by Russell Mokhiber and Robert Weissman
Are capitalism and caviar incompatible? Is the system that prides itself on the creation and veneration of wealth unable to to maintain a sustainable market for one of the great trappings of wealth?
Well, at the very least, the tragic story of the global caviar industry gives pause. It stands as a parable illustrating the pitfalls of the market fundamentalist ideology that has dominated global economic policy-making for two decades.
The story of the industry is recounted in a new book by Inga Saffron, a Philadelphia Inquirer reporter and former Moscow correspondent for the paper, Caviar: The Strange History and Uncertain Future of the World's Most Coveted Delicacy (New York: Broadway Books).
For most of the twentieth century, the world caviar market was supplied primarily by the Soviet Union. Caviar -- the salted eggs of sturgeon or paddlefish -- is a creation of Russian culture. Although sturgeon once populated many of the world's great seas and rivers in large numbers, most of the world's supply after World War I came from the Caspian Sea and the Black Sea.
After coming to power, Saffron says, "the Soviets realized they could make a lot of money if they controlled the caviar market."
They exported the product to Western markets to earn hard currency, but limited supply to increase prices.
"I don't want to say that they had a great environmental record, because they didn't," Saffron says. "But they did act as a brake on fishing because they limited caviar exports."
Even when the Soviets embarked on their disastrous dam-building schemes, which blocked sturgeon from swimming upstream to spawn, they developed an extensive hatchery system that maintained the sturgeon population.
Communism, it turned out, was pretty good for caviar.
When the Soviet Union collapsed, so did the protections and support system for caviar.
In the chaos following the fall of the Soviet Union, factories across the country stopped doing business as government money for operating expenses evaporated. Funding to maintain the hatcheries similarly disappeared, and the hatchery system fell apart. Overall, Saffron says, the hatchery system became much less efficient, and was able to put back many fewer fish than it had before.
Even worse, perhaps, was the rampant poaching that occurred after the fall of the USSR.
"Many of the people who had been thrown out of work began to fish illegally," according to Saffron. "They began to poach for sturgeon and make caviar in their kitchens, because that is the only way they could make money. It was the one resource in Southern Russia."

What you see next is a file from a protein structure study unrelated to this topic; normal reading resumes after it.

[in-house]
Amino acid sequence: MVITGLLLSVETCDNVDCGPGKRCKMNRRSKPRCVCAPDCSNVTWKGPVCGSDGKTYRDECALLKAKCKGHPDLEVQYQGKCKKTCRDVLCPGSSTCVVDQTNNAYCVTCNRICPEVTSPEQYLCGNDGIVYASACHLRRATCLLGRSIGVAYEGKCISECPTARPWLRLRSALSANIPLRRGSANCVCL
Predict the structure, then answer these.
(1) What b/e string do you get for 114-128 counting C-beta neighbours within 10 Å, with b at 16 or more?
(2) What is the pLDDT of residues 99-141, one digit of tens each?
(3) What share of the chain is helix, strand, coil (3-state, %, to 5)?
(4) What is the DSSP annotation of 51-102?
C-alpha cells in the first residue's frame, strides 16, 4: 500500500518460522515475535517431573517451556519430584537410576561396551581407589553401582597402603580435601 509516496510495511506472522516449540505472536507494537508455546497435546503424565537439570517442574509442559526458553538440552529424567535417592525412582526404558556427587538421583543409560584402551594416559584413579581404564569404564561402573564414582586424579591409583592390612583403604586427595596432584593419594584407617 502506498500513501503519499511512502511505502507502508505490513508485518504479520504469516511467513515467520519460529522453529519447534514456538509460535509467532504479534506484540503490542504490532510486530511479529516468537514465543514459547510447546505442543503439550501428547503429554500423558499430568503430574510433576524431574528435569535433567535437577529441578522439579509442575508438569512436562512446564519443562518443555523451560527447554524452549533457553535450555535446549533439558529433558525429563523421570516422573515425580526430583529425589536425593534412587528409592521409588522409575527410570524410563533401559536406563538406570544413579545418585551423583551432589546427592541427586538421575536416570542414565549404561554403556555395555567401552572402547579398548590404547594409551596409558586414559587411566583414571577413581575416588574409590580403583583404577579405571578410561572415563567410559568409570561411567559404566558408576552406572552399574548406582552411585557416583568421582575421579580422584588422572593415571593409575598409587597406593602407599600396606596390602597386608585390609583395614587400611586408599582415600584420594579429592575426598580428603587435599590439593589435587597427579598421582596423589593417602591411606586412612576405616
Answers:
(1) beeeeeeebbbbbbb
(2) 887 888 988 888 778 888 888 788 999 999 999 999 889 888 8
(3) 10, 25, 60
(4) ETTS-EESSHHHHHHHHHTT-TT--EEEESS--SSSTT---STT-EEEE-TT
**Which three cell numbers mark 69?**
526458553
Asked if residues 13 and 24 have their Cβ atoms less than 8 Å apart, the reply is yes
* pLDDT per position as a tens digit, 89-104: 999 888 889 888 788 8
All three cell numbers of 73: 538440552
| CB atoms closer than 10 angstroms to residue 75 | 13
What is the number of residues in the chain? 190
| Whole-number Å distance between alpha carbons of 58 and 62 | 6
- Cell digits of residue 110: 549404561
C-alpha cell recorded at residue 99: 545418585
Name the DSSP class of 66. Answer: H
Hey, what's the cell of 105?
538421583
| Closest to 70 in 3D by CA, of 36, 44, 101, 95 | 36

The old Soviet limits on fishing "were ignored, and people just fished all the time," she says.
Enforcement agencies were weak and ineffectual. Many were bought off or intimidated by the criminal gangs that gained control over much of the industry.
Today, the sturgeon in the Russian and Kazakhstan portions of the Caspian are in steep decline, and Saffron has little hope that they will be saved. International controls on caviar imports are coming too little, too late, and in any case cannot stop the internal traffic in the delicacy.
The collapse of the sturgeon in the Russian and Kazakhstan portions of the Caspian is history repeating itself. Rampant overfishing led to the rapid destruction of sturgeon populations in Germany, France, the Eastern United States and the U.S. Great Lakes, all in a matter of decades in the late nineteenth and early twentieth centuries.
Today, the counterexample to the laissez-faire caviar failure is Iran. Like the Soviet Union once did, Iran maintains strong limits on fish catch in its portion of the Caspian and operates a sophisticated and effective hatchery system.
Countries relying only on price signals to regulate the industry have witnessed a short cycle of boom and bust.
Countries that have succeeded in maintaining a viable caviar industry over time have made long-term investments in infrastructure and put in place systems to ensure sustainable management of limited resources.
Those are key elements for effective economic management and a livable world.
Markets alone will not deliver them.
Russell Mokhiber is editor of the Washington, D.C.-based Corporate Crime Reporter. Robert Weissman is editor of the Washington, D.C.-based Multinational Monitor. They are co-authors of Corporate Predators: The Hunt for MegaProfits and the Attack on Democracy (Monroe, Maine: Common Courage Press, 1999; http://www.corporatepredators.org).